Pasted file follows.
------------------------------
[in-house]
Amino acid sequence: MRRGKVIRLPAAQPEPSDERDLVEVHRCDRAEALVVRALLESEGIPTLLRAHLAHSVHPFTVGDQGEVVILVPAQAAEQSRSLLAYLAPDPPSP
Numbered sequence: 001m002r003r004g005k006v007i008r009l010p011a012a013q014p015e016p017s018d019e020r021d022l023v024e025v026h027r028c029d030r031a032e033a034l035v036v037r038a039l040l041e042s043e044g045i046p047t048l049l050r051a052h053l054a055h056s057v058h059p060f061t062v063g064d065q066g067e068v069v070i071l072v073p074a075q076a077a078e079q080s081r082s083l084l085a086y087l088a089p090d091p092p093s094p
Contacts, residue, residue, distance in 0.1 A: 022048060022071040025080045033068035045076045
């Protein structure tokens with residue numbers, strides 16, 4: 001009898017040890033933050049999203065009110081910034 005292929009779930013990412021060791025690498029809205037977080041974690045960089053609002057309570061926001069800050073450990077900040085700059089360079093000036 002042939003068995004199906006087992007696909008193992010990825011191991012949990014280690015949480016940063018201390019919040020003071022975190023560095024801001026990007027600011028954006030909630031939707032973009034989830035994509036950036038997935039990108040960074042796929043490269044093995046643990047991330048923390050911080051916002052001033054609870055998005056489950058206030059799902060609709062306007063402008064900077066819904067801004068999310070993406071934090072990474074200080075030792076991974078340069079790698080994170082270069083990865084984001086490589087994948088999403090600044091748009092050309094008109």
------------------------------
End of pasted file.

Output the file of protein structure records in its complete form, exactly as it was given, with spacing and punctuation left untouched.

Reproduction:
[in-house]
Amino acid sequence: MRRGKVIRLPAAQPEPSDERDLVEVHRCDRAEALVVRALLESEGIPTLLRAHLAHSVHPFTVGDQGEVVILVPAQAAEQSRSLLAYLAPDPPSP
Numbered sequence: 001m002r003r004g005k006v007i008r009l010p011a012a013q014p015e016p017s018d019e020r021d022l023v024e025v026h027r028c029d030r031a032e033a034l035v036v037r038a039l040l041e042s043e044g045i046p047t048l049l050r051a052h053l054a055h056s057v058h059p060f061t062v063g064d065q066g067e068v069v070i071l072v073p074a075q076a077a078e079q080s081r082s083l084l085a086y087l088a089p090d091p092p093s094p
Contacts, residue, residue, distance in 0.1 A: 022048060022071040025080045033068035045076045
């Protein structure tokens with residue numbers, strides 16, 4: 001009898017040890033933050049999203065009110081910034 005292929009779930013990412021060791025690498029809205037977080041974690045960089053609002057309570061926001069800050073450990077900040085700059089360079093000036 002042939003068995004199906006087992007696909008193992010990825011191991012949990014280690015949480016940063018201390019919040020003071022975190023560095024801001026990007027600011028954006030909630031939707032973009034989830035994509036950036038997935039990108040960074042796929043490269044093995046643990047991330048923390050911080051916002052001033054609870055998005056489950058206030059799902060609709062306007063402008064900077066819904067801004068999310070993406071934090072990474074200080075030792076991974078340069079790698080994170082270069083990865084984001086490589087994948088999403090600044091748009092050309094008109």